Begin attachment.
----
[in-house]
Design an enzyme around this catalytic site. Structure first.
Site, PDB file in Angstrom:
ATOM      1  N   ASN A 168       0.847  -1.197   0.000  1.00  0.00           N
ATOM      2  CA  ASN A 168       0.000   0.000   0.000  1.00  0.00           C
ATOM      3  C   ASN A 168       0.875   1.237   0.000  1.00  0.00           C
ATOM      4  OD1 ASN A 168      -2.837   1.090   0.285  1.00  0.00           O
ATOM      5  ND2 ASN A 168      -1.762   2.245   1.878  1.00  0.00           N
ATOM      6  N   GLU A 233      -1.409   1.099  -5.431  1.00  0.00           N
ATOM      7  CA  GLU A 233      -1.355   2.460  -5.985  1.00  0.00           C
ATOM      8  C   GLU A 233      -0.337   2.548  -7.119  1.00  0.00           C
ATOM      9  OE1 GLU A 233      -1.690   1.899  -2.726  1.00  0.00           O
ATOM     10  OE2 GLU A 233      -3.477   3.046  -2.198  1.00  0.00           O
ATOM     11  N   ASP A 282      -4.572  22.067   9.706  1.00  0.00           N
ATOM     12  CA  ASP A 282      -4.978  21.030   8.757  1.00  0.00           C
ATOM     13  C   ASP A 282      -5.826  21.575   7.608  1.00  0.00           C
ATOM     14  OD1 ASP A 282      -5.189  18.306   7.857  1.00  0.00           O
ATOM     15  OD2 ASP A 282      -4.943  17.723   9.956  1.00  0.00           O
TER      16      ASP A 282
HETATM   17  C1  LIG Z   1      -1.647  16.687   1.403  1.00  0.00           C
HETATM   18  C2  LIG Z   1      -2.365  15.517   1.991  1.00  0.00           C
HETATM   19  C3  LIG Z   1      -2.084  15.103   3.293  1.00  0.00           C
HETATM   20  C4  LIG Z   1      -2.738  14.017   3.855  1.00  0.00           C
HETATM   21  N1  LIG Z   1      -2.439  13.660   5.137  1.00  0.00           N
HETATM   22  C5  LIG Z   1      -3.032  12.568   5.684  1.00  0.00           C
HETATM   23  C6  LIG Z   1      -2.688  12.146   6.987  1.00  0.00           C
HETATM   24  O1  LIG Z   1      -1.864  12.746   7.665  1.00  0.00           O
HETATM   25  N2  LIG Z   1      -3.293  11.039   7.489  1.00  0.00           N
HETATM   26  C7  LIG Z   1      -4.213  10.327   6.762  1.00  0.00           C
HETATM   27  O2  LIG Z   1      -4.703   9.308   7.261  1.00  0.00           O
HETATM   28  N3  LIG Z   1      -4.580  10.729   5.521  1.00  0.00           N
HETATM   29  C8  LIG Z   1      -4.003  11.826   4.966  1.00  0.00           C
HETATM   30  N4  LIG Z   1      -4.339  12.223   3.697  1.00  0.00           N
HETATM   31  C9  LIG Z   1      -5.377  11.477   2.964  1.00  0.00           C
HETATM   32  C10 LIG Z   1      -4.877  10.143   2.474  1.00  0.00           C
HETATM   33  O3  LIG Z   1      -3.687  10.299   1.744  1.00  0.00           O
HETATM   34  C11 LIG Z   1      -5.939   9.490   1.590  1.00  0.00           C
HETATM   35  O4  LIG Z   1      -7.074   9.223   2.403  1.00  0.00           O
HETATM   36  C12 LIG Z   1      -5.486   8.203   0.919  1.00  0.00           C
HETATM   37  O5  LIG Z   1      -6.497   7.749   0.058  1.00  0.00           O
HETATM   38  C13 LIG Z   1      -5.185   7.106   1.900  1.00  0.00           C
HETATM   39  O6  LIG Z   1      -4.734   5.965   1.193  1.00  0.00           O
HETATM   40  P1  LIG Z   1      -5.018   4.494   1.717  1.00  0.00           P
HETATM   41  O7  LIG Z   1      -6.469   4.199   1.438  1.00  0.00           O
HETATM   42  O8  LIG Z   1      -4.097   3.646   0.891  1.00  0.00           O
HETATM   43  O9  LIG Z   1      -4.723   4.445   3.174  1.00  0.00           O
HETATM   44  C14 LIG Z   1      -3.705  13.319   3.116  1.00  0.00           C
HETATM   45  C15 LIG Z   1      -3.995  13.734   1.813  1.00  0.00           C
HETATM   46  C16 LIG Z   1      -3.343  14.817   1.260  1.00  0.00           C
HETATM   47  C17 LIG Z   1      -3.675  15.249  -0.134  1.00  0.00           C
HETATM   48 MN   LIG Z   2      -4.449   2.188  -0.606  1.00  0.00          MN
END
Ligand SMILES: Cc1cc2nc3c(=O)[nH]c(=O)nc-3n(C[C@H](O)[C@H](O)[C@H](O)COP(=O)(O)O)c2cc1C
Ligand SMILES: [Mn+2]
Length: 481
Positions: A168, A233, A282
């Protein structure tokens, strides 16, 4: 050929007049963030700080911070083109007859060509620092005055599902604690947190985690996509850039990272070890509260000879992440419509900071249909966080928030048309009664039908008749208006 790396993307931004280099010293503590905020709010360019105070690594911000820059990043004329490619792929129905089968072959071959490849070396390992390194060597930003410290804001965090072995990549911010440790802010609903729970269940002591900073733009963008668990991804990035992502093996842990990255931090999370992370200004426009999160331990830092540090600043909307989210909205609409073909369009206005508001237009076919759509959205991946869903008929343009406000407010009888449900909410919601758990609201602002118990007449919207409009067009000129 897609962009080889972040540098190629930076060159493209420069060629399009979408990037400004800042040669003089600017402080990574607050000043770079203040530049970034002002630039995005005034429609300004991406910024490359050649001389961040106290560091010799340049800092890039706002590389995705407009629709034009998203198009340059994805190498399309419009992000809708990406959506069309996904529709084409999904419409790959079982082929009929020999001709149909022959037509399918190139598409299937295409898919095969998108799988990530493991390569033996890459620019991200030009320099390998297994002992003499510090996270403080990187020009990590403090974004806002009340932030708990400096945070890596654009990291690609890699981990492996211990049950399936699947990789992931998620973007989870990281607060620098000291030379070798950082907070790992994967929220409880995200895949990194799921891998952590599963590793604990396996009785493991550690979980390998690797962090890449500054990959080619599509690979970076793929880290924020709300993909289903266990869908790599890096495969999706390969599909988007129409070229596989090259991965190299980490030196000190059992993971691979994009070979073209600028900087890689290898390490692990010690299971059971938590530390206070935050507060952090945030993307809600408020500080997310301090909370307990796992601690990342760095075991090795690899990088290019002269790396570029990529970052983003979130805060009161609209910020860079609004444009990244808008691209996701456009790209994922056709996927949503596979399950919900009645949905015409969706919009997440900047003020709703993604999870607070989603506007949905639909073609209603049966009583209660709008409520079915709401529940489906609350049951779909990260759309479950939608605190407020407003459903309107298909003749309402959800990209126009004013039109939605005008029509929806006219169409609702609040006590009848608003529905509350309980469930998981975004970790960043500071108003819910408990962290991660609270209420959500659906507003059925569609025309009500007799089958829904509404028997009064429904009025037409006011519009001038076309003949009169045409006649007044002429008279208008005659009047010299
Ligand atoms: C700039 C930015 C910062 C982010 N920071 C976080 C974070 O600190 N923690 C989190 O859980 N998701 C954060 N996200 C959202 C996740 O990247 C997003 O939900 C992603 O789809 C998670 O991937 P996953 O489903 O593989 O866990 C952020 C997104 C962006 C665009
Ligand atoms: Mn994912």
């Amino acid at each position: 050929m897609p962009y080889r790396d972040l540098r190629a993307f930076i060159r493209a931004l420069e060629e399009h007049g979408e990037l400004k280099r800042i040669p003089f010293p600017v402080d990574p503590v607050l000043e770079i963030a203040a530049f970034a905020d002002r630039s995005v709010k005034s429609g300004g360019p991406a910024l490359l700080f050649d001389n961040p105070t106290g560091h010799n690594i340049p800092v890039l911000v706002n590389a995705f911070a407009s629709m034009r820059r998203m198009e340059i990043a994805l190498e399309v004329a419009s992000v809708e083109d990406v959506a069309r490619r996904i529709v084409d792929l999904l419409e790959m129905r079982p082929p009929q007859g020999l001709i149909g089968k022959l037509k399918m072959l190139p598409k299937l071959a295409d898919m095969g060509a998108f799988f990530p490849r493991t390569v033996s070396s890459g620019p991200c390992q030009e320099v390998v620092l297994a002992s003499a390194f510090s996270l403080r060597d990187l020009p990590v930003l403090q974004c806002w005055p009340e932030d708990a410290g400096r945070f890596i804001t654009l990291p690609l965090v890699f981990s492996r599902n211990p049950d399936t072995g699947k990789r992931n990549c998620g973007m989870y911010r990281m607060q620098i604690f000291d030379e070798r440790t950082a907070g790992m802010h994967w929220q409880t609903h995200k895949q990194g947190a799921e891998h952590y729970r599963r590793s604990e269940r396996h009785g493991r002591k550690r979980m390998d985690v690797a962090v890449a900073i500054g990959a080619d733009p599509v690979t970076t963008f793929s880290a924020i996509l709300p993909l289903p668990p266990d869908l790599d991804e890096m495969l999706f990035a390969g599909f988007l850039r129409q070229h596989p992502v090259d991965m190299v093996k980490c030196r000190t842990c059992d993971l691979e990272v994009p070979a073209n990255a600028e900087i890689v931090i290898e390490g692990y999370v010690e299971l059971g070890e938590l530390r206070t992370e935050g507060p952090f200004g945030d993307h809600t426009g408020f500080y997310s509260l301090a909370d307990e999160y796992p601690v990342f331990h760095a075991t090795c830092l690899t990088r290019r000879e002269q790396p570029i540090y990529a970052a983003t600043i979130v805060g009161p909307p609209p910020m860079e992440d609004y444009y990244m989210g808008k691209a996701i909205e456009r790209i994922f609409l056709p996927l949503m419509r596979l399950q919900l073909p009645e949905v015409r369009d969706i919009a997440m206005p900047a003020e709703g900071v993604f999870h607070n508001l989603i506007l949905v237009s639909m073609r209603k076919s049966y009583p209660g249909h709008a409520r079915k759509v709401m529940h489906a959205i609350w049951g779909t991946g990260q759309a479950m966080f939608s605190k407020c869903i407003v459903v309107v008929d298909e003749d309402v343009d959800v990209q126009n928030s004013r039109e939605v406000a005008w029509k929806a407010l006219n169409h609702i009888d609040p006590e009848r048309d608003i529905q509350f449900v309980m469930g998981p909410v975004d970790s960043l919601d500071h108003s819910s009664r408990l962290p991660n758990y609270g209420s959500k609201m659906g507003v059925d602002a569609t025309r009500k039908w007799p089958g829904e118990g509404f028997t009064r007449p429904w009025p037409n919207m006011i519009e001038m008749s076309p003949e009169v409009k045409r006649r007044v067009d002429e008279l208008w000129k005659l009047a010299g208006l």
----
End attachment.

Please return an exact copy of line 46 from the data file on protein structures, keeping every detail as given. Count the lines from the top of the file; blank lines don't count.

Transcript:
HETATM   43  O9  LIG Z   1      -4.723   4.445   3.174  1.00  0.00           O